Tuesday, 30 June 2009

Le scaphandre et le papillon

a film by Julian Schnabel

The movie is based on a real story of Jean-Dominique Bauby (Jean-Do), the author of the book of the same name (which I did not read). Jean-Do, who had locked-in syndrome following a stroke, was able to dictate his extraordinary book by blinking his only functioning eye. Even though I knew that there will be no happy end, I still was hoping for a miracle. One of the most powerful scenes is the telephone conversation between Jean-Do and Inès (his last girlfriend), assisted by Céline (his former partner and mother of his children). According to the F-Word review,

the Céline-Inès telephone translation scene was entirely the invention of the film’s makers. It does not appear within the book, which makes scant reference to either the mother of his children (Sylvie) or his girlfriend (Florence).
If so, then congratulations to the filmmakers.

Le scaphandre of the title (in English translation inexplicably rendered as “diving bell”, rather than “diving suit”) refers to Jean-Do’s paralysed body; le papillon (the butterfly) is his free imagination.

Sunday, 28 June 2009

Musicophilia

by Oliver Sacks

This is the first book by Oliver Sacks I ever read, and it took me just under six months to finish it. By some reason, the reading pattern was: after one or two chapters, I would take a break — the longest one was over a month. Some chapters seemed to drag on and on, but it got better closer to the end of the book (‘it’ being either the book or my attention). The penultimate chapter, A Hypermusical Species: Williams Syndrome, reads like a good science fiction story: the author visits a summer camp which well may have been on another planet...

Musicophilia: Tales of Music and the Brain

Friday, 26 June 2009

Cinema 16: European Short Films

A great collection of 16 short films from different countries and eras. In my view, these three are the best:

Thursday, 25 June 2009

Barnacle Soup

by Josie Gray & Tess Gallagher
Josie Gray, a County Sligo painter and father of eight, tells yarns with the same passion some men court beautiful women or bet on horses, although he’s been known to do the latter as well.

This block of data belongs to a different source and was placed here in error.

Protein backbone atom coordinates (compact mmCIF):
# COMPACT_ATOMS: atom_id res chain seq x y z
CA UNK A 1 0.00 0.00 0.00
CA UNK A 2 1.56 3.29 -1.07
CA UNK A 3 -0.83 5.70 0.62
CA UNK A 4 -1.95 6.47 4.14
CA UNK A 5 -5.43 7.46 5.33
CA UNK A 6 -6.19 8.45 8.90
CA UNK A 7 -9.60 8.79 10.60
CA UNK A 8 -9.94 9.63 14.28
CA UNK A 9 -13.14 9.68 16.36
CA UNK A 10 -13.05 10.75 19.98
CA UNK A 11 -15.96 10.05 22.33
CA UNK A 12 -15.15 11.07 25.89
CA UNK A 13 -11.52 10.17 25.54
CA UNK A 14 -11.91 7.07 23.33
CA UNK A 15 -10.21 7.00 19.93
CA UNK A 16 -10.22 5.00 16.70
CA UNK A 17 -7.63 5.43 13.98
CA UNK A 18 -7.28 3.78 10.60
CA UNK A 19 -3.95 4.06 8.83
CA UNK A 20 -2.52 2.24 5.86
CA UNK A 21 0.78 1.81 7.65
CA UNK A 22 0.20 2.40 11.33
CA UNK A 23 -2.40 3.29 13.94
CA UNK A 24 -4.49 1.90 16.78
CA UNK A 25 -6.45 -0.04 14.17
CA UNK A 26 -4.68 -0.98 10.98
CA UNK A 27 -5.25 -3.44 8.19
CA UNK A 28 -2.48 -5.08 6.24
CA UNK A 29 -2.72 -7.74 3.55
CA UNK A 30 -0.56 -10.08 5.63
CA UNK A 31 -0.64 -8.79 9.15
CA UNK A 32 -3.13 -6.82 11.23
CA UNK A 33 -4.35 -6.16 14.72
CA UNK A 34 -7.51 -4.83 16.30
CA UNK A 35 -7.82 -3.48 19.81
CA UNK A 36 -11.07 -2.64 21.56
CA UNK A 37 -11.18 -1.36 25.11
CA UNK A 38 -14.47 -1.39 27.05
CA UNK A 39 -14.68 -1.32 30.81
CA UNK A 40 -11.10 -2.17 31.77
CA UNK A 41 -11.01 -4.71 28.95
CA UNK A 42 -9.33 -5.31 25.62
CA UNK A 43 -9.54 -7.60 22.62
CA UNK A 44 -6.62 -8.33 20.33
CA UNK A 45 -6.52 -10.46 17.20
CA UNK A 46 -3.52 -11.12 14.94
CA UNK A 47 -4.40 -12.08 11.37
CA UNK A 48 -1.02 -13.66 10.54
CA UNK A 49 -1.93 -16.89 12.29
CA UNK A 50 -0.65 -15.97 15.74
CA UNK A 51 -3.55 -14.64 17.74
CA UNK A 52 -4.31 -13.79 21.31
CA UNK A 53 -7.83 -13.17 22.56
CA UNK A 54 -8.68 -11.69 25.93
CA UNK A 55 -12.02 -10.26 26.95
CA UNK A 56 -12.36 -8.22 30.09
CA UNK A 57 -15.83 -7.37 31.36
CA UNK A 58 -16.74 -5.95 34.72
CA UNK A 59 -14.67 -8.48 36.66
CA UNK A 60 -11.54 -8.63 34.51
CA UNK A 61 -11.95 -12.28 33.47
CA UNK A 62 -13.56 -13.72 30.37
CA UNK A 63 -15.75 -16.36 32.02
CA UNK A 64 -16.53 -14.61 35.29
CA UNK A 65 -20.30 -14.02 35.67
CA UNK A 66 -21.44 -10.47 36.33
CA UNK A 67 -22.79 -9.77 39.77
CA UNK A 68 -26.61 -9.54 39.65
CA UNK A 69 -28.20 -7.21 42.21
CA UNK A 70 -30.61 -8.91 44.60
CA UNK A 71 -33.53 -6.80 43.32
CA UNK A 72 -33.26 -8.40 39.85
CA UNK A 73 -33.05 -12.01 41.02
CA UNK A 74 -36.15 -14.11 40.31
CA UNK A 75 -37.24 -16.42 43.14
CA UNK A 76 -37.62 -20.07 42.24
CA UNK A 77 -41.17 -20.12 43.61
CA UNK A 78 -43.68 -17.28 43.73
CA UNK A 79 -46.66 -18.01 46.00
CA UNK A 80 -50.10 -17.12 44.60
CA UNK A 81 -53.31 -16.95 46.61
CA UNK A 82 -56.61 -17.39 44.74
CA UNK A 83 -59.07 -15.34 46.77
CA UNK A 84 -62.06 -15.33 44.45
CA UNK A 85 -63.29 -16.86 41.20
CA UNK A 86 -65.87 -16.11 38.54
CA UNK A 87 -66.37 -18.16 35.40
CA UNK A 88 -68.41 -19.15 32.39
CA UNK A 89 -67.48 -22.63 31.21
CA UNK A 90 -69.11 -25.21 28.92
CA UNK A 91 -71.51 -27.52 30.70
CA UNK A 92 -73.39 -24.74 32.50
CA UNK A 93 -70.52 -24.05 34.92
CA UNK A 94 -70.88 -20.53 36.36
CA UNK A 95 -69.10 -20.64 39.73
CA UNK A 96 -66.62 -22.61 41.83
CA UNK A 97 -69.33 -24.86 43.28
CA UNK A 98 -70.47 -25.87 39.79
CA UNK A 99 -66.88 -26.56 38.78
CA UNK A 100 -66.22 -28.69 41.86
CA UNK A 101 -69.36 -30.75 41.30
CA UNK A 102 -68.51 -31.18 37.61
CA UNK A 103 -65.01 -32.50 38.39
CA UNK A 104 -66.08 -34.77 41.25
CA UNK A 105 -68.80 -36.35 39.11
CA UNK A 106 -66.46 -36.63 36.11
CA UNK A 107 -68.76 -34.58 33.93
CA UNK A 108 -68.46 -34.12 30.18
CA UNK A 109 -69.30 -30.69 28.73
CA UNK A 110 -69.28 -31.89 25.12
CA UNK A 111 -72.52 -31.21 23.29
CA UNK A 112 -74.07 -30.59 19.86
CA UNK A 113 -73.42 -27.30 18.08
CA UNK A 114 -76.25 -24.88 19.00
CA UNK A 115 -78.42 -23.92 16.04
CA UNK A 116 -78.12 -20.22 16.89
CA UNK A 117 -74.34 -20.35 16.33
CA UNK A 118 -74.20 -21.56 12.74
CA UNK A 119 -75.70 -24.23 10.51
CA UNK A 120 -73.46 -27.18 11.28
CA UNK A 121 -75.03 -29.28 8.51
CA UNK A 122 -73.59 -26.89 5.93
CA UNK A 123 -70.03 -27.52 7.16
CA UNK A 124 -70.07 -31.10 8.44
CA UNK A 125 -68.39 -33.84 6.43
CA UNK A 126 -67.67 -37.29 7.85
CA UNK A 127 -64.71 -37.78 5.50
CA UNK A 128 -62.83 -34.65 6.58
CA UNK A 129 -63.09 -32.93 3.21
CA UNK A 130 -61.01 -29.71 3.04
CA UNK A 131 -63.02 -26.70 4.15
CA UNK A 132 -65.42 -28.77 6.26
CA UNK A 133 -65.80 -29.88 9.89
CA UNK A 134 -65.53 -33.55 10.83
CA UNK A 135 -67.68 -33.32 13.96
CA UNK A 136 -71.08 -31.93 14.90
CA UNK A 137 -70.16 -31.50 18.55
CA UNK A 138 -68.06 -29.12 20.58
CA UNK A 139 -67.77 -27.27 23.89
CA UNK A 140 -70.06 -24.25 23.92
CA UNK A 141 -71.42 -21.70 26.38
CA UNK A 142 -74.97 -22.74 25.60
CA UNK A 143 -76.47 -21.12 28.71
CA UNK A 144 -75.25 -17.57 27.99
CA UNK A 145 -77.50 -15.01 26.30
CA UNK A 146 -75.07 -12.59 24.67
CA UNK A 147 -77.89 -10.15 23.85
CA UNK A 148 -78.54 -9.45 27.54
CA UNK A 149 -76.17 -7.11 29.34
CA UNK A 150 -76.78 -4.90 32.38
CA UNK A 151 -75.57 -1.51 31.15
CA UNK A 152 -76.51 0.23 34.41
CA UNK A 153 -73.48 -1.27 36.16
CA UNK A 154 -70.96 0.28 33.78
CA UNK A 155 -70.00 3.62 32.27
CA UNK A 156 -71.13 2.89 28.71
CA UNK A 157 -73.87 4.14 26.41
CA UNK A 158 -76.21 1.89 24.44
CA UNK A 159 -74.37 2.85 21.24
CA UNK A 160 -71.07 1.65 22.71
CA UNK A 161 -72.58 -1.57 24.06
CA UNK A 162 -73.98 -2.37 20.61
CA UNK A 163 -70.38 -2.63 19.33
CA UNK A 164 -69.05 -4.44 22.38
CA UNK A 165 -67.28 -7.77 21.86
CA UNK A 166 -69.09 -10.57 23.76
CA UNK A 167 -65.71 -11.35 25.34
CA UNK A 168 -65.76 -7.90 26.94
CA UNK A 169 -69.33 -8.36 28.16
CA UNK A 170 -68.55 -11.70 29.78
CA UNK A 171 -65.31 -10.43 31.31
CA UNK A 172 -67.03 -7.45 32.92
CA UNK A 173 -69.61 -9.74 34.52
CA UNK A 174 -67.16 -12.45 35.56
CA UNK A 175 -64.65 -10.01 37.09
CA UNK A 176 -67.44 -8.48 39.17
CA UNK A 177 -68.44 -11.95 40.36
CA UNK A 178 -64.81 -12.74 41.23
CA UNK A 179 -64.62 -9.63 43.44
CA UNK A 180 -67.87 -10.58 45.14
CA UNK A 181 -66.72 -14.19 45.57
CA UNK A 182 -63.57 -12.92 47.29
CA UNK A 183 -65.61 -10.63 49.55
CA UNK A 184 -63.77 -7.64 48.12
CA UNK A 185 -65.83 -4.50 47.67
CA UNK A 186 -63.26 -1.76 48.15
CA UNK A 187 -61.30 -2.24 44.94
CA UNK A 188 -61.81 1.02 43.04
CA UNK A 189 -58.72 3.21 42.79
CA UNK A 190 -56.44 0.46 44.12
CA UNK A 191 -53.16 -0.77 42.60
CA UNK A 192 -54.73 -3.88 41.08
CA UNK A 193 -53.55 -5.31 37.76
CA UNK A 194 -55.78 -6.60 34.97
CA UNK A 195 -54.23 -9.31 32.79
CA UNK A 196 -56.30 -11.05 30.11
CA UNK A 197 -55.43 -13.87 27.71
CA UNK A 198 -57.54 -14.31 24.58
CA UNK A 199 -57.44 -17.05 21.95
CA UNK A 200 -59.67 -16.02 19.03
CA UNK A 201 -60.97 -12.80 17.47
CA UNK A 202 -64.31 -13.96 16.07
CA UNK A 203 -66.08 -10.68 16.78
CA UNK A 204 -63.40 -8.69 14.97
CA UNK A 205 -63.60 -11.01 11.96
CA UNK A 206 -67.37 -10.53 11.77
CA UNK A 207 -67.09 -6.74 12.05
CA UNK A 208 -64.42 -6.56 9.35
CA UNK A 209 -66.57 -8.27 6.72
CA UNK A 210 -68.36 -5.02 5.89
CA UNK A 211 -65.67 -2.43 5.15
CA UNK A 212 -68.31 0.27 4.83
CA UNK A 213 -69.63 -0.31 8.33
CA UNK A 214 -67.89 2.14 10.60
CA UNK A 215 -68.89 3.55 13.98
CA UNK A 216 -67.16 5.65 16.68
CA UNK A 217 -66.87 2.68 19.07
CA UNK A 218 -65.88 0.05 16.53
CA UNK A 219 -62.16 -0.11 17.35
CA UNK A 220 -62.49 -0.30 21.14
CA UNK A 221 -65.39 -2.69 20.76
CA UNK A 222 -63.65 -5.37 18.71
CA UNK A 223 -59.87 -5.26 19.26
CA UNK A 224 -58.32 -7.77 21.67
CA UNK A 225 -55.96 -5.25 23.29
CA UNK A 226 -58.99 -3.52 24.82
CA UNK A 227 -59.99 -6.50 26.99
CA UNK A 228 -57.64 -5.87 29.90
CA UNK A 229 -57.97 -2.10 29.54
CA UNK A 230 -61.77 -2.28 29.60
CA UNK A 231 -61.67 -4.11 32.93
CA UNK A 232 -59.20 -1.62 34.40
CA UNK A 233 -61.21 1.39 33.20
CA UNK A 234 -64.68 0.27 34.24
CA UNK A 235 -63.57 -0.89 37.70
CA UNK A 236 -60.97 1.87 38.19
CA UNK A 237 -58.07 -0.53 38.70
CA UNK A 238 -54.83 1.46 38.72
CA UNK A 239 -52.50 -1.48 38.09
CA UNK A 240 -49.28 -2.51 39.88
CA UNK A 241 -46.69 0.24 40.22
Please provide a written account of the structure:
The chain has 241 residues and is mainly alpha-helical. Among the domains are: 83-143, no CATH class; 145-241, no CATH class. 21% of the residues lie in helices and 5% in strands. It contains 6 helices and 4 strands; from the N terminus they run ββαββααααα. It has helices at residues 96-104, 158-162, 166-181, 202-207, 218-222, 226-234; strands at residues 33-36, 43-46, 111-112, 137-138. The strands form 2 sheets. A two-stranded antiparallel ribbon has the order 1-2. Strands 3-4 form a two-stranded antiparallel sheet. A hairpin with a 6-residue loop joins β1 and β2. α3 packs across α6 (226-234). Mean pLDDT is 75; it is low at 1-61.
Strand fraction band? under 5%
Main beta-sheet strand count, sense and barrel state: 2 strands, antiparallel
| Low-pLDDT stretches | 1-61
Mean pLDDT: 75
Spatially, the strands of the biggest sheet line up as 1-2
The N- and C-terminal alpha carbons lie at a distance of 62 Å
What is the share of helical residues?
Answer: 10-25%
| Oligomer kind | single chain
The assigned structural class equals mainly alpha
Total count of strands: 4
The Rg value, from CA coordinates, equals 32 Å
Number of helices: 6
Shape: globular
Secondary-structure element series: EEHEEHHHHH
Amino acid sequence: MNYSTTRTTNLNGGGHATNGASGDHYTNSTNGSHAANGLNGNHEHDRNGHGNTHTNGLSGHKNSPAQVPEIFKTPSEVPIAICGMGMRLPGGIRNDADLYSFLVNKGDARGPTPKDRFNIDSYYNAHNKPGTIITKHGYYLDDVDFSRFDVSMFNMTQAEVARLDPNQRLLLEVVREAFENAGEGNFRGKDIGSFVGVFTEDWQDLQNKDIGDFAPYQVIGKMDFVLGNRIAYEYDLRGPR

Barnacle Soup and other stories from the West of Ireland is a collection of the stories narrated by the Irishman, Josie Gray, and transformed into a literary work by the American writer, Tess Gallagher. A beautiful little book with very cute monochrome linocut illustrations by Ann Anderson.

From A stray bullet and sick cattle
Because, as I said, majors were scarce in the locality, we decided to manufacture one. We called him ‘the Major’. Major Donnelly never objected to the rise in rank of our Major, and could be heard calling him that himself on occasion. ‘Good day, Major,’ the Major would say. Maybe he liked having the company.

Wednesday, 24 June 2009

The Strangeness of Beauty

by Lydia Minatoya
It has been said that at any given moment, sixty percent of Japanese are involved in writing a novel. And all of them autobiographical.

This is how the novel begins. I have found this book in Oxfam (of course). Neither the name of the author nor the title were familiar, but the drawing on the dust jacket and rough-cut edge got my attention. Inside, there was a beautiful origami gift tag, probably used as a bookmark by the previous owner. As soon as I read a few lines, I knew I have to take it home.

It did not disappoint.

Tuesday, 23 June 2009

Miss Perfumado

by Cesária Évora

This is my favourite album of Cesária Évora. Like all of her music, it is full of nostalgia (Sodade, as the title of the first song), love, and hope. And it has Angola on it!

Ess vida sabe qu’nhôs ta vivê
Parodia dia e note manché
Sem maca ma cu sabura

Angola Angola
Oi qu’povo sabe
Ami nhos ca ta matá-me
‘M bem cu hora pa’me ba nha caminho

Ess convivência dess nhôs vivência
Paciência dum consequência
Resistência dum estravagância
Miss Perfumado

Monday, 22 June 2009

Vanishing Africa

by Mirella Ricciardi